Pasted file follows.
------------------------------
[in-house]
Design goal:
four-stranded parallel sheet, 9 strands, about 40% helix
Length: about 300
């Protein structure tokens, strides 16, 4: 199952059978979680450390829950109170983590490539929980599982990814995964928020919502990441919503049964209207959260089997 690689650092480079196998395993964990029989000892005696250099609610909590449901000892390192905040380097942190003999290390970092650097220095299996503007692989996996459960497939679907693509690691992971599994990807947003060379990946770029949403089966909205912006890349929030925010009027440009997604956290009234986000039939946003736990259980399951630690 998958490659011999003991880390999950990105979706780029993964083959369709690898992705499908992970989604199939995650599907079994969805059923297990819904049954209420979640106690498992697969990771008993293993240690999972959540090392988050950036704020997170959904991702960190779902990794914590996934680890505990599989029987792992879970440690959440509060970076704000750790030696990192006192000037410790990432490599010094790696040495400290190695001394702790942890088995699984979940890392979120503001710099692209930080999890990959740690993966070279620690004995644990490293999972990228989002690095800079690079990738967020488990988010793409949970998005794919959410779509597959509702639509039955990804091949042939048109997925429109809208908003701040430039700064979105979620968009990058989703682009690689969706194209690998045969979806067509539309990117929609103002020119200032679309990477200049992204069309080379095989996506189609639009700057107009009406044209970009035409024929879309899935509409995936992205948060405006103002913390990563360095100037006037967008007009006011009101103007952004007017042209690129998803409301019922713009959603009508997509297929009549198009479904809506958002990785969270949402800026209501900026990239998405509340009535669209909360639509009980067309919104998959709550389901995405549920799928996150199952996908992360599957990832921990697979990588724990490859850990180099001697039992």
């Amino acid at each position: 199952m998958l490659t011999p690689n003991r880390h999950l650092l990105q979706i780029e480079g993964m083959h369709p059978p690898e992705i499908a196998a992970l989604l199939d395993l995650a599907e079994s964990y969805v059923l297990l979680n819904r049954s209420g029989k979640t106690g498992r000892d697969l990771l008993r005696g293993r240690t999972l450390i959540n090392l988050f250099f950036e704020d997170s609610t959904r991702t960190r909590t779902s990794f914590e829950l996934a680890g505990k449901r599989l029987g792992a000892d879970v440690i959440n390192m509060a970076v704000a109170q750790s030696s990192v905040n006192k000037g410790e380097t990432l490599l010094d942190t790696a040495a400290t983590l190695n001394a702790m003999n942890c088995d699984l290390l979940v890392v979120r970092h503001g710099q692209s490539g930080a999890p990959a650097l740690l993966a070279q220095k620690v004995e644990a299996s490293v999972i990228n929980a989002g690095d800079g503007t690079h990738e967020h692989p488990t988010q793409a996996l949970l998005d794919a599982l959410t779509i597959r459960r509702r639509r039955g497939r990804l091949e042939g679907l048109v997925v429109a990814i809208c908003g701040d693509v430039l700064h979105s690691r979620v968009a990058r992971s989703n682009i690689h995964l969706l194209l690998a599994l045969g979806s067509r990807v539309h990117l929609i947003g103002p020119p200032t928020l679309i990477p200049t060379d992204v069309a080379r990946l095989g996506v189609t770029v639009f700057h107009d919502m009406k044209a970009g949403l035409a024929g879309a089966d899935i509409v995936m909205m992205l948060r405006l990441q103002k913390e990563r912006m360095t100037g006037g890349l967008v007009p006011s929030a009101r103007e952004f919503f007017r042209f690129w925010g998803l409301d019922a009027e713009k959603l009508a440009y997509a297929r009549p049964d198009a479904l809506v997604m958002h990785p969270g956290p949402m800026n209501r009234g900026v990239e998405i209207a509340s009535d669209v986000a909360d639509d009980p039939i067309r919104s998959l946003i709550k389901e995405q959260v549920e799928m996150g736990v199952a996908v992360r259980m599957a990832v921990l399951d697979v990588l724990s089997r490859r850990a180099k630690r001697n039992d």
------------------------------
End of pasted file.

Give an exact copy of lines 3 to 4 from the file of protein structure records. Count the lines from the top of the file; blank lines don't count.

four-stranded parallel sheet, 9 strands, about 40% helix
Length: about 300